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From Florian Odronitz <android...@googlemail.com>
Subject Re: Kafka 8.0 performance
Date Thu, 19 Dec 2013 10:10:54 GMT
Hi Jun, Magnus,

thanks for the suggestions, actually we implemented our own producer in erlang to make sure
that this is not the bottleneck.

In the mean time we decided to stay with our current installation of kafka 0.6 and improve
our existing failover mechanism. Fortunately,  we can tolerate a few seconds of data loss.

Best,
Florian

On Dec 13, 2013, at 5:16 PM, Jun Rao <junrao@gmail.com> wrote:

> Florian,
> 
> Thanks for sharing the results. The response time with ack=-1 is going to
> be larger than that with ack=1 since it has an extra network hop. So, it's
> normal to for ack=1 to have twice the throughput than ack=-1, given the
> same #producers and batch size.
> 
> The other thing you said is that produce time for ack=1 has no variance
> while ack=-1 has. That's a bit surprising. We do have jmx and request log
> that break the produce time into components. Could you see which component
> introduced most of the variants?
> 
> Overall, to improve throughput, you can try using more producers and/or
> batching more messages per produce request.
> 
> The producer in 0.8.0 doesn't handle pipelining very well. We are trying to
> address that during producer rewrite (
> https://cwiki.apache.org/confluence/display/KAFKA/Client+Rewrite) in 0.9.
> 
> Thanks,
> 
> Jun
> 
> 
> On Fri, Dec 13, 2013 at 5:28 AM, Florian Odronitz <androidodo@googlemail.com
>> wrote:
> 
>> Hi All,
>> 
>> we are testing performance of our kafka 0.8 release cluster:
>> 
>> - 5 kafka nodes with one zookeeper instance on each machine
>> - FreeBSD 9.2
>> - Nagle off (sysctl net.inet.tcp.delayed_ack=0)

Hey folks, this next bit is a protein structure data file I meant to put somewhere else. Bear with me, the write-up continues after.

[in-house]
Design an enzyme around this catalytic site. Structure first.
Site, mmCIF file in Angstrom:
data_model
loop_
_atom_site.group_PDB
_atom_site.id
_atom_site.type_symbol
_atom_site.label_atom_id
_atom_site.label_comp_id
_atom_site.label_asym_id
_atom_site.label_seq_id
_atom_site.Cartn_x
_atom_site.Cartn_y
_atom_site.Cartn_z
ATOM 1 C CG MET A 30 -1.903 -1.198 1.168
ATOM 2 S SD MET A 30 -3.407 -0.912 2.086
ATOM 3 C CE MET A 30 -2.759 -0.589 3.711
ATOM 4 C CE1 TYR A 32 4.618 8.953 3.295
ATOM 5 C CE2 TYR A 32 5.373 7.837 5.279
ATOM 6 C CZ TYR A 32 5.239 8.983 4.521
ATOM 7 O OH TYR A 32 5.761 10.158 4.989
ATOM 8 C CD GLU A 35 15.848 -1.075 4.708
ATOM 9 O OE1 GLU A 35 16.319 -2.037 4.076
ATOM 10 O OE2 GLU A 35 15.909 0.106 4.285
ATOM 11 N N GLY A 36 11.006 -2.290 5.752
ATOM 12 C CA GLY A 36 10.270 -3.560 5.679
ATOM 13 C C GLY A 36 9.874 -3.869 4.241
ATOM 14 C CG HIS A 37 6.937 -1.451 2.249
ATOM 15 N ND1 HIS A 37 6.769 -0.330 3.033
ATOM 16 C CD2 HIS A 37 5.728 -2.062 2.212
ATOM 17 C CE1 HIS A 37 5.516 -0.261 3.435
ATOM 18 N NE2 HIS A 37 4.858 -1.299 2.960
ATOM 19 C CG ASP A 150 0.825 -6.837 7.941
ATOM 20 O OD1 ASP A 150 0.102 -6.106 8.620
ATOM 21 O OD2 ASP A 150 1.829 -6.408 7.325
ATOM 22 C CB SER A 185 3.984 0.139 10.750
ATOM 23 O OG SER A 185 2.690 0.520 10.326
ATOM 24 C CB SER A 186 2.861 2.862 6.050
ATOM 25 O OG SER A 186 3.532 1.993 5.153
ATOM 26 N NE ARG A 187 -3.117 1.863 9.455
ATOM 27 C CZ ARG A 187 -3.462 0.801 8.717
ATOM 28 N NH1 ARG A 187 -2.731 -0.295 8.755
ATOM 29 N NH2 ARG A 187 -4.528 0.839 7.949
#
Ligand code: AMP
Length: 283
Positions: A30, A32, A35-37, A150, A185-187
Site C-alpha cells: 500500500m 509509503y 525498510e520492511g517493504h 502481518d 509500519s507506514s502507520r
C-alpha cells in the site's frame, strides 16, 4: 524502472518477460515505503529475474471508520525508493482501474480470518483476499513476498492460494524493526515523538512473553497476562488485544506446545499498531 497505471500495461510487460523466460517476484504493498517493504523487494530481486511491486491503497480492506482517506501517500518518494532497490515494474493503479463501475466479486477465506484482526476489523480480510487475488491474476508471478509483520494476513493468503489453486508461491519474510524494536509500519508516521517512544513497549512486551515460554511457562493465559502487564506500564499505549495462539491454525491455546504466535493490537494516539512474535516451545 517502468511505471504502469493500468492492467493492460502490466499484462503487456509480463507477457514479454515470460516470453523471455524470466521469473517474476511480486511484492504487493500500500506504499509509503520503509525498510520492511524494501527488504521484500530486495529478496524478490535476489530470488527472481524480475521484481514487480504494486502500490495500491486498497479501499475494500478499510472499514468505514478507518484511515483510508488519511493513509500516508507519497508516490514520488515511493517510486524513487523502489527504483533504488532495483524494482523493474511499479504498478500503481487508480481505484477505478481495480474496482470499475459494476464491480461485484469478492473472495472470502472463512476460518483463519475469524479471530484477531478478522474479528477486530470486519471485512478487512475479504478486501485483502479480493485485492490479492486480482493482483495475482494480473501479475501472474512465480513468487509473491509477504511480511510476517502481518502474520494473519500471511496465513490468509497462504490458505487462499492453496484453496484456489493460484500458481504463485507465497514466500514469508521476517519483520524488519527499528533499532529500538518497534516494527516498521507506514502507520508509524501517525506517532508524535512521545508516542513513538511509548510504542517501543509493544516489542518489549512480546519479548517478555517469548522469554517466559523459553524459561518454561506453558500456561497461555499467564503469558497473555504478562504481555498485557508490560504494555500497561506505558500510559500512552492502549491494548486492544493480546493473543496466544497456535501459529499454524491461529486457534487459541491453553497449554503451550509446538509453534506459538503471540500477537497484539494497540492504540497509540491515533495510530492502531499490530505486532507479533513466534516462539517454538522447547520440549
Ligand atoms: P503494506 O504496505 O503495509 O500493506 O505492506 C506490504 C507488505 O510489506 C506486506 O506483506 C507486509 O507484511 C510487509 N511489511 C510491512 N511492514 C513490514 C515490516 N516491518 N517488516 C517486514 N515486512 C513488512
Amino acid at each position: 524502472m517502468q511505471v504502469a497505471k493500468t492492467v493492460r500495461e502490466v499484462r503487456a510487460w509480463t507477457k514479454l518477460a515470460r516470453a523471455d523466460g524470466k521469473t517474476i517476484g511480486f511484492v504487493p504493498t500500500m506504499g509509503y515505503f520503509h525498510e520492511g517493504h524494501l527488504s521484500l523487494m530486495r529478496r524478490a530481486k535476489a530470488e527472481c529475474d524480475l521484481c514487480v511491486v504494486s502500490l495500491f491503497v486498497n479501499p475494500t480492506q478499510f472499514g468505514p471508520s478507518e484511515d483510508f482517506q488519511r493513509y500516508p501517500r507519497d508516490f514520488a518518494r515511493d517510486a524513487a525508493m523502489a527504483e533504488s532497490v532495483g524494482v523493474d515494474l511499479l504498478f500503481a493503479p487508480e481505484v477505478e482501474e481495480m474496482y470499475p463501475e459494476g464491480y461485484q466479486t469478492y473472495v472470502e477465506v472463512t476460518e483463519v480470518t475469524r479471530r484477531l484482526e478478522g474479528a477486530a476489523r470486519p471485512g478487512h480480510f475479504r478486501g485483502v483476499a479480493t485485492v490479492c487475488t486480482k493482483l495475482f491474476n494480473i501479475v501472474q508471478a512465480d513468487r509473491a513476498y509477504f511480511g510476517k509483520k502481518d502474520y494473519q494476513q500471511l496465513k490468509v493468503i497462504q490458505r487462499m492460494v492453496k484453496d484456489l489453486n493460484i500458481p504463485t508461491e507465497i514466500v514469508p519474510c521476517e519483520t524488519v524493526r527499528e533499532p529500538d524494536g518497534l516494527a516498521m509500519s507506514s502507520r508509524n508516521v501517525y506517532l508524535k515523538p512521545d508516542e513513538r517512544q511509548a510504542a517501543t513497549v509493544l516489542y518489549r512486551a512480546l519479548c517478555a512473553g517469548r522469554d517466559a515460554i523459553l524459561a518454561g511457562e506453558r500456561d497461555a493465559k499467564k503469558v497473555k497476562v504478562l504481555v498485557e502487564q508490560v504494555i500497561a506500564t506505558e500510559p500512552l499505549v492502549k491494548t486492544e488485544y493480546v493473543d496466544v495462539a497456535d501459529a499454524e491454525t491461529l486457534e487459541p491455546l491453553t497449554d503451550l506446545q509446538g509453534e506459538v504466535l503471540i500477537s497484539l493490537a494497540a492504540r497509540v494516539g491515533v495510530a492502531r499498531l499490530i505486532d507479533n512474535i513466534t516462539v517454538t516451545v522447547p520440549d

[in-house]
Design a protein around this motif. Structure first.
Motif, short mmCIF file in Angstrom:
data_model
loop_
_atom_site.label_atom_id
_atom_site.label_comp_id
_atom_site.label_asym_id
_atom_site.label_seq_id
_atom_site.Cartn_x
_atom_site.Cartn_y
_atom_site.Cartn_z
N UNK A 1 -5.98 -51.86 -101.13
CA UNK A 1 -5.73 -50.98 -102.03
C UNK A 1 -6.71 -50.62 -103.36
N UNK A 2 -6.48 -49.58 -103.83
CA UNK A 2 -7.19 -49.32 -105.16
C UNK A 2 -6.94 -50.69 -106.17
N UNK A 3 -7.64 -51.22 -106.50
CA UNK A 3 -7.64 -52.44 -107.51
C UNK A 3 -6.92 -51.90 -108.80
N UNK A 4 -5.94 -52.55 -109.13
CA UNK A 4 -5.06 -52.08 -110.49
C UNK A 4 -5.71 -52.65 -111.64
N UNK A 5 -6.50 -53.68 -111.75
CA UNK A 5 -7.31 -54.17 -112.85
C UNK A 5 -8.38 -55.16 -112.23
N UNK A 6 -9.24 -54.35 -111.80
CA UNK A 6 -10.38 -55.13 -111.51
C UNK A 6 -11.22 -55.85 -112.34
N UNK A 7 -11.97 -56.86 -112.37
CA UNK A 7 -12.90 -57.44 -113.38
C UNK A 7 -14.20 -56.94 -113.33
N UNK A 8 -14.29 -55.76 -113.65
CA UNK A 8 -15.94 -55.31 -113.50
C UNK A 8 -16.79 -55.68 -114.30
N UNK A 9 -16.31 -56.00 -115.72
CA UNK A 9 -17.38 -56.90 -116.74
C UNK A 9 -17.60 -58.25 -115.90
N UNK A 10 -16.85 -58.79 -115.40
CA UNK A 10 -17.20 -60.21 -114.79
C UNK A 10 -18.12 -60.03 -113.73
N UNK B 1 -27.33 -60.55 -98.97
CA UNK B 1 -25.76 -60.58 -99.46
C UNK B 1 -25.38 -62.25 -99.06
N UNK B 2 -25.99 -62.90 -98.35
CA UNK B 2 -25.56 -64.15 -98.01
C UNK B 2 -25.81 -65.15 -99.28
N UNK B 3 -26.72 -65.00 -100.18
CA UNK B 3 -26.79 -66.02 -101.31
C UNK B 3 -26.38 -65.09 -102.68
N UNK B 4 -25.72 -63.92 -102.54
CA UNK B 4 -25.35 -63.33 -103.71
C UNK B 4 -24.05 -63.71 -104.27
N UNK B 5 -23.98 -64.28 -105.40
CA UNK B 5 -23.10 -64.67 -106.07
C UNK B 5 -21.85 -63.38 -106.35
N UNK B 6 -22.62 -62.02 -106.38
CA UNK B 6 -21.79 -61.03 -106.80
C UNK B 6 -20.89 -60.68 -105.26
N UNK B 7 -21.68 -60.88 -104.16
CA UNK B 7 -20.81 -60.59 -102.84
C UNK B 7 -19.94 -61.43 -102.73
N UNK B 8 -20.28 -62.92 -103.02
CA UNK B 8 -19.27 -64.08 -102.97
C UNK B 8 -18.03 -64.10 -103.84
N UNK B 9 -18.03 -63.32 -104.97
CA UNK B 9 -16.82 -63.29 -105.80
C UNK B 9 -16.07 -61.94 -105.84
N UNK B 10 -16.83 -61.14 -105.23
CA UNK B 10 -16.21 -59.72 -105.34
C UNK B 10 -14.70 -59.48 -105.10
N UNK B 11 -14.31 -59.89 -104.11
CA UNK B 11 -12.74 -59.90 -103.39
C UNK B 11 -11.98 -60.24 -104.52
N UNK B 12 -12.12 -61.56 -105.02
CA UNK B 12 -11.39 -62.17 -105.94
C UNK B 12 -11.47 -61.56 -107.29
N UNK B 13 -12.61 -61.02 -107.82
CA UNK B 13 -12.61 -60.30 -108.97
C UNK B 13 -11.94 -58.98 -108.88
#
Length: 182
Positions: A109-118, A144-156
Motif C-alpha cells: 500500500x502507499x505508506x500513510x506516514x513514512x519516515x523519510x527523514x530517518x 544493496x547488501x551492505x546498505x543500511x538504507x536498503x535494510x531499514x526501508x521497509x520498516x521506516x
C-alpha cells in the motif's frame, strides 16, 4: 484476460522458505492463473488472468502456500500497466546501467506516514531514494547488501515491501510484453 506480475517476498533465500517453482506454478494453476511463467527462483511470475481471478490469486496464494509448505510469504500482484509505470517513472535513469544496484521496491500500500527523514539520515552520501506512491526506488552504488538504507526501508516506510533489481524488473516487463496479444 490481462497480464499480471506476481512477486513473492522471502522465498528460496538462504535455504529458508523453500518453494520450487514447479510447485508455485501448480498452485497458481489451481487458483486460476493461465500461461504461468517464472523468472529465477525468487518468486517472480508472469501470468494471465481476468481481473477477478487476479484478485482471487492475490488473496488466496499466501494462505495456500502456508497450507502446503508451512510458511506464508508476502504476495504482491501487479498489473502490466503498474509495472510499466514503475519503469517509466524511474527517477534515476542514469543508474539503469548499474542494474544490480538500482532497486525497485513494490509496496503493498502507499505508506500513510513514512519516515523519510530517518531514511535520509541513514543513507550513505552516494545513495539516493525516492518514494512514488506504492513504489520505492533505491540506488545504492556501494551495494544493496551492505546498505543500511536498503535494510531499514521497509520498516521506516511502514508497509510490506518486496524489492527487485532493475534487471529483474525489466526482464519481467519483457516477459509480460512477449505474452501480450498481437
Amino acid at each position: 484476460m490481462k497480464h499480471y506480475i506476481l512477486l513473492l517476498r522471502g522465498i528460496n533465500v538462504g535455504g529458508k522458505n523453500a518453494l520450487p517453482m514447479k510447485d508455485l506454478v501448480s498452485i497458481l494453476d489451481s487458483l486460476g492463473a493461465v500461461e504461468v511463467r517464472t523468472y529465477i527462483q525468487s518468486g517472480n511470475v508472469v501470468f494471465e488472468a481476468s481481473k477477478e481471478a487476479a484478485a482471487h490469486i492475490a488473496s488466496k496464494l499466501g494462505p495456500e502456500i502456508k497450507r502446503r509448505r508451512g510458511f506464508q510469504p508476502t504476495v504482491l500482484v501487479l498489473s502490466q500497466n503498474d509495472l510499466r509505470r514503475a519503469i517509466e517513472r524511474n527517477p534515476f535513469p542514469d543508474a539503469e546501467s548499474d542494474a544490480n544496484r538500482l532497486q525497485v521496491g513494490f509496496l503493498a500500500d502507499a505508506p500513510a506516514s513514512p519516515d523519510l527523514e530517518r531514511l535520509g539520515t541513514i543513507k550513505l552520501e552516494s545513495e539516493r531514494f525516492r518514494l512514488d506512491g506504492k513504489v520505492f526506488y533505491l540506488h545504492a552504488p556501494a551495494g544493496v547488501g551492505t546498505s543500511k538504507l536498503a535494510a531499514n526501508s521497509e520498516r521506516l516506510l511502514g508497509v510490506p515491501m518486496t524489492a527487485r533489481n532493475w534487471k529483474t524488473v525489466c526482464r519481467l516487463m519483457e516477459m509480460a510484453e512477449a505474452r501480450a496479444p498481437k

>> - all kafka machines write a ZFS ZIL to a dedicated SSD
>> - 8 producers on 2 machines, writing to 30 topics, partitioning 5,
>> replication factor 2, Ack -1 (both replicas)
>> - batch size 2000, snappy compression, each message 550 bytes uncompressed
>> - Gigabit Ethernet, all machines on one switch, ping 0.05 ms worst case.
>> 
>> We send 10 million messages and get ~80k messages/s on average.
>> Interestingly, the response time is usually between 8 and 15ms but some
>> times goes up to >200ms on all nodes at the same time.
>> 
>> We looked at CPU, network I/O, disk I/O, network latency and disk latency
>> on all machines but all these parameter seem ok. So we don't seem to
>> exhaust any resources here. Load average on producers and brokers is well
>> below it's limits.
>> 
>> It seems as if replication has problems keeping up since with Ack 1
>> (leader) we see double the rate (168k messages/s, constant request times).
>> 
>> Any ideas on how to improve this situation or on what hinders better
>> performance?
>> 
>> Best regards,
>> Florian Odronitz
>> 
>> 
>> http://smyck.org/kafka_traffic.png shows a network traffic graph from a
>> producer, showing traffic to and from brokers in different colors.
>> Attached: kafka server.properties
>> 
>> 
>> 
>> # Licensed to the Apache Software Foundation (ASF) under one or more
>> # contributor license agreements.  See the NOTICE file distributed with
>> # this work for additional information regarding copyright ownership.
>> # The ASF licenses this file to You under the Apache License, Version 2.0
>> # (the "License"); you may not use this file except in compliance with
>> # the License.  You may obtain a copy of the License at
>> #
>> #    http://www.apache.org/licenses/LICENSE-2.0
>> #
>> # Unless required by applicable law or agreed to in writing, software
>> # distributed under the License is distributed on an "AS IS" BASIS,
>> # WITHOUT WARRANTIES OR CONDITIONS OF ANY KIND, either express or implied.
>> # See the License for the specific language governing permissions and
>> # limitations under the License.
>> # see kafka.server.KafkaConfig for additional details and defaults
>> 
>> ############################# Server Basics #############################
>> 
>> # The id of the broker. This must be set to a unique integer for each
>> broker.
>> broker.id=4
>> 
>> ############################# Socket Server Settings
>> #############################
>> 
>> # The port the socket server listens on
>> port=9092
>> 
>> # Hostname the broker will bind to and advertise to producers and
>> consumers.
>> # If not set, the server will bind to all interfaces and advertise the
>> value returned from
>> # from java.net.InetAddress.getCanonicalHostName().
>> host.name=test-kafka-four.local
>> 
>> # The number of threads handling network requests
>> num.network.threads=8
>> 
>> # The number of threads doing disk I/O
>> num.io.threads=8
>> 
>> # The send buffer (SO_SNDBUF) used by the socket server
>> socket.send.buffer.bytes=1048576
>> 
>> # The receive buffer (SO_RCVBUF) used by the socket server
>> socket.receive.buffer.bytes=1048576
>>